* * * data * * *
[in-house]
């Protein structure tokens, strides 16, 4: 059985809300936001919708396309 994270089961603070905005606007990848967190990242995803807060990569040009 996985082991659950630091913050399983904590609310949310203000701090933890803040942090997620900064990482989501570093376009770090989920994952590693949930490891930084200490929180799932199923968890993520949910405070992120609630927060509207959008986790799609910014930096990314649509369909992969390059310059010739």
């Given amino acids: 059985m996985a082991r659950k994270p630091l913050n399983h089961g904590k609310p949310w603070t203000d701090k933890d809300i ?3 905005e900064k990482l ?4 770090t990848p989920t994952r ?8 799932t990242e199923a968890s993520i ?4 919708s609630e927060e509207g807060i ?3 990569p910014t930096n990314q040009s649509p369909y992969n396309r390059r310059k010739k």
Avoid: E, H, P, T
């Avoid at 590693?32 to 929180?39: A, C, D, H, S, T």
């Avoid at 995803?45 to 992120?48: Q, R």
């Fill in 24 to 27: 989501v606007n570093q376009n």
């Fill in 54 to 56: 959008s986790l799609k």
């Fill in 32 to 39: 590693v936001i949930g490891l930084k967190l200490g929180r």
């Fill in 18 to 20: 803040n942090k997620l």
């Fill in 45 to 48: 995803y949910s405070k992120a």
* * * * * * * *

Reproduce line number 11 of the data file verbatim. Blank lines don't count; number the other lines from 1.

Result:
């Fill in 45 to 48: 995803y949910s405070k992120a």